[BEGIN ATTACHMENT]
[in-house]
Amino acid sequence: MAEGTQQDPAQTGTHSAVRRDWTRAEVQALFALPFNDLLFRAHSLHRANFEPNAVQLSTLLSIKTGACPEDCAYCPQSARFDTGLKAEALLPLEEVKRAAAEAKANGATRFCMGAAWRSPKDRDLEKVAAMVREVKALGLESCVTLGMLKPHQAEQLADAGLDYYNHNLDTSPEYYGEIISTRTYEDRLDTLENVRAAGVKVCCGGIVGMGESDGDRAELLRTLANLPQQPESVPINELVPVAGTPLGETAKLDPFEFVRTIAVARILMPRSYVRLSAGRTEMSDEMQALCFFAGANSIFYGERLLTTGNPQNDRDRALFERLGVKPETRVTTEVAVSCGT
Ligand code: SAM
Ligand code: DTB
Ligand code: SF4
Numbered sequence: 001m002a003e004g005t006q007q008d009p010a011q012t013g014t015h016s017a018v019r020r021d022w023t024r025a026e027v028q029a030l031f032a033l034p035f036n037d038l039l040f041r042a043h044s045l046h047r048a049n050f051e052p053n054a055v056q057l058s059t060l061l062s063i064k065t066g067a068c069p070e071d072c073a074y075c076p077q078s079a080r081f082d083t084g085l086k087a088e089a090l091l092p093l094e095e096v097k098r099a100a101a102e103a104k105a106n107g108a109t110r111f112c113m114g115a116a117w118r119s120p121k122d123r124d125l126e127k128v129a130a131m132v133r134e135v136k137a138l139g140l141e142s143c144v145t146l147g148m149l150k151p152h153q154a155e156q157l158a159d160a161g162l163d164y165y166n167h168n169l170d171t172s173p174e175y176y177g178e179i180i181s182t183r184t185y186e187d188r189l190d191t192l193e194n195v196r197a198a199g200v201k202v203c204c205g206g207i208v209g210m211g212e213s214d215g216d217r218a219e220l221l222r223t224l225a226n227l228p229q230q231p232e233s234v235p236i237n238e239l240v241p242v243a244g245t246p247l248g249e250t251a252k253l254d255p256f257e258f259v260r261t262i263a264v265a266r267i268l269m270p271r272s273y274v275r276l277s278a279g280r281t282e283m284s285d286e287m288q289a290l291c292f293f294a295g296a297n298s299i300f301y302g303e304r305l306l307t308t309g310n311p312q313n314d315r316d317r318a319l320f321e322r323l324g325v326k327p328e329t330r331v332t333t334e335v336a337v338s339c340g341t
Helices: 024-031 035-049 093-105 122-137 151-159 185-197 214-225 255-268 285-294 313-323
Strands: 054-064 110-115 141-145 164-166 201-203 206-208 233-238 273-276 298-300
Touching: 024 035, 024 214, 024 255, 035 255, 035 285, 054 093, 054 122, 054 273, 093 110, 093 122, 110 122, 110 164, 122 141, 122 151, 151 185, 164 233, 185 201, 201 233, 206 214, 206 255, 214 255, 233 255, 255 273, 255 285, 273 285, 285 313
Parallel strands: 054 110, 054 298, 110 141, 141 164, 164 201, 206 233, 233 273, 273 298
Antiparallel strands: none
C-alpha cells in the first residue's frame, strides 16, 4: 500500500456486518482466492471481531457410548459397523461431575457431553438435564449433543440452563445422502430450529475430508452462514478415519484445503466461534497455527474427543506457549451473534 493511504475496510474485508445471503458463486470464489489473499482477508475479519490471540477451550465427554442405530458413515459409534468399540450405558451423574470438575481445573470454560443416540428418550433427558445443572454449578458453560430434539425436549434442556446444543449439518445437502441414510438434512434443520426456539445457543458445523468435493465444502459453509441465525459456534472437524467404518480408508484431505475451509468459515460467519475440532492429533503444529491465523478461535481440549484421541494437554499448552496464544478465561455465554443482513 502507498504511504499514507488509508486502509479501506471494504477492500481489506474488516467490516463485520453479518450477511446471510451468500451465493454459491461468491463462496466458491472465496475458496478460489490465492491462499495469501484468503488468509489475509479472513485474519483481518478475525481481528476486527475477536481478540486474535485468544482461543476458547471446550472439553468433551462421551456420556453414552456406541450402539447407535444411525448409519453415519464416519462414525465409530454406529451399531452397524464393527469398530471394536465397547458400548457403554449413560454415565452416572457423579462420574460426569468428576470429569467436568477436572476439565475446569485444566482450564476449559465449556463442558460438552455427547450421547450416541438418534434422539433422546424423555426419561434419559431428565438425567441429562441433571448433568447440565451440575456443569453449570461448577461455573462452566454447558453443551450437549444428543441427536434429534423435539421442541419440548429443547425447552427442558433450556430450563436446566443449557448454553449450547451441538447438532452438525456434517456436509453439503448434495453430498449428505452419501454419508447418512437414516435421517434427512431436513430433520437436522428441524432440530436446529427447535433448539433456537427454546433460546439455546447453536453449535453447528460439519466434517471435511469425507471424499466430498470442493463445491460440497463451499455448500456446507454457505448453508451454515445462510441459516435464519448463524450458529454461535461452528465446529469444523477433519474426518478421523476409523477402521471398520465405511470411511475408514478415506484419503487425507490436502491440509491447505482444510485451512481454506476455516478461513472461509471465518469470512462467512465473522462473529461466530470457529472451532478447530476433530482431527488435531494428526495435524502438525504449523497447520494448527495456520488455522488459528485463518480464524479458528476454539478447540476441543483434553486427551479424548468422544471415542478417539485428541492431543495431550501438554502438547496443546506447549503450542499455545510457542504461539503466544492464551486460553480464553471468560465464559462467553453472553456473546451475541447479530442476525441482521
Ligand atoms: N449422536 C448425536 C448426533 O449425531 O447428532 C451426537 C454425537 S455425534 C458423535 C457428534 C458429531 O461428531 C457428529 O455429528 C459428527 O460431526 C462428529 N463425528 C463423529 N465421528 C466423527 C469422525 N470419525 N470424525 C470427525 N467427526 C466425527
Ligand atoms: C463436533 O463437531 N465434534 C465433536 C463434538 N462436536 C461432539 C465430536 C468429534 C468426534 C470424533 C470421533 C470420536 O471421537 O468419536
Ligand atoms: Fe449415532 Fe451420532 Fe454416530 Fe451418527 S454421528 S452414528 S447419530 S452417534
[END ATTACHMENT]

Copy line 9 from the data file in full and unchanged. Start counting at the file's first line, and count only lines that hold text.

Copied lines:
Touching: 024 035, 024 214, 024 255, 035 255, 035 285, 054 093, 054 122, 054 273, 093 110, 093 122, 110 122, 110 164, 122 141, 122 151, 151 185, 164 233, 185 201, 201 233, 206 214, 206 255, 214 255, 233 255, 255 273, 255 285, 273 285, 285 313